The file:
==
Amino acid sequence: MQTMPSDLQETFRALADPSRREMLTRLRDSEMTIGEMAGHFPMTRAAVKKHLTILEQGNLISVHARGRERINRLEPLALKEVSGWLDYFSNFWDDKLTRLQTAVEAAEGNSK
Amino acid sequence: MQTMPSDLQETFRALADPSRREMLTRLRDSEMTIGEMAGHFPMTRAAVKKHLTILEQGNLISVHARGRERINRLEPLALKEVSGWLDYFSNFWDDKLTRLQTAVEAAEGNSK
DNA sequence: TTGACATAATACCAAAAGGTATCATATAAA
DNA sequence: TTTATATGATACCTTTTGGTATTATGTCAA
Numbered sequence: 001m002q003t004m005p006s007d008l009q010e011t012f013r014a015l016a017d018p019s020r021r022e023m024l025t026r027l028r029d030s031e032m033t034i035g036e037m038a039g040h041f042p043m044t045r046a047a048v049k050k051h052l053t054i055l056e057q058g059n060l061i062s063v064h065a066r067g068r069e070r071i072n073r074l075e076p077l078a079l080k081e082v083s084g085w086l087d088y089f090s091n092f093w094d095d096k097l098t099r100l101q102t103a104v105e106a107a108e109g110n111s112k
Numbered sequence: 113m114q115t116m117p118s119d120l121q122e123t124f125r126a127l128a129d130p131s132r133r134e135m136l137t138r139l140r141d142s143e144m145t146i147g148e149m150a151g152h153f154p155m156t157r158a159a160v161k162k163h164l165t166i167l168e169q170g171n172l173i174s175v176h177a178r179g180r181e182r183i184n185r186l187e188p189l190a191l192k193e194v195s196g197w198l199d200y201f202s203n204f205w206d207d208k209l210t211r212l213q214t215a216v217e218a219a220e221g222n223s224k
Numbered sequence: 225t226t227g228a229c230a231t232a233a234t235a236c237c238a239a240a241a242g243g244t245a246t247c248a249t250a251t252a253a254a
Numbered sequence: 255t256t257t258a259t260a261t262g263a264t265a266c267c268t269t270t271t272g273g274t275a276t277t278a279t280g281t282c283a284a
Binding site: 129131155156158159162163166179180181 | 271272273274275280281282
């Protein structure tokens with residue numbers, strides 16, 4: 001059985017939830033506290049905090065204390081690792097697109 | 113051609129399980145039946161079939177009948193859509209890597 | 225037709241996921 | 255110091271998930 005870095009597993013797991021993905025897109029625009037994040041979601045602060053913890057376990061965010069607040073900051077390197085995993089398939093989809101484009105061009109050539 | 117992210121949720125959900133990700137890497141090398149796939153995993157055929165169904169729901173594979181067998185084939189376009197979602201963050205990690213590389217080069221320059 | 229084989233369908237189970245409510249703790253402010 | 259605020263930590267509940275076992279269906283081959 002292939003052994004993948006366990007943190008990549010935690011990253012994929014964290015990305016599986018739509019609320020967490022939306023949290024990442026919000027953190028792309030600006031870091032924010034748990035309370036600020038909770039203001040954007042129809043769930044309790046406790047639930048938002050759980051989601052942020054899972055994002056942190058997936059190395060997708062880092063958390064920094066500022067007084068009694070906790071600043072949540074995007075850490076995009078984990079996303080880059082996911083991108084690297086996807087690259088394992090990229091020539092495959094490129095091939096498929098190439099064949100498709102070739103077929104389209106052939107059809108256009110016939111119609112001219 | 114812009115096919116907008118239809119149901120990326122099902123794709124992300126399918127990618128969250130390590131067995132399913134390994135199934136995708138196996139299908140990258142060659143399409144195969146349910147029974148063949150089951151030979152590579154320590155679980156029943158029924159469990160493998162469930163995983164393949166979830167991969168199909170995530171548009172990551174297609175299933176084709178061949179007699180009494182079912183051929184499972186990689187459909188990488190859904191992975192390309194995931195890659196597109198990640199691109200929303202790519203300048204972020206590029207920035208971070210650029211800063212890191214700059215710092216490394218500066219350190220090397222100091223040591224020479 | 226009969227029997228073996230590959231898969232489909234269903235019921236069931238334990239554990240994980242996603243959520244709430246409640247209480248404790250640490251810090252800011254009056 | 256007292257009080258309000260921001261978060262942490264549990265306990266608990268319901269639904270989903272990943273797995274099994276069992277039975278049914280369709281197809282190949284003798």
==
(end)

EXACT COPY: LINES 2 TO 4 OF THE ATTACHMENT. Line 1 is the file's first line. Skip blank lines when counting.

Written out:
Amino acid sequence: MQTMPSDLQETFRALADPSRREMLTRLRDSEMTIGEMAGHFPMTRAAVKKHLTILEQGNLISVHARGRERINRLEPLALKEVSGWLDYFSNFWDDKLTRLQTAVEAAEGNSK
DNA sequence: TTGACATAATACCAAAAGGTATCATATAAA
DNA sequence: TTTATATGATACCTTTTGGTATTATGTCAA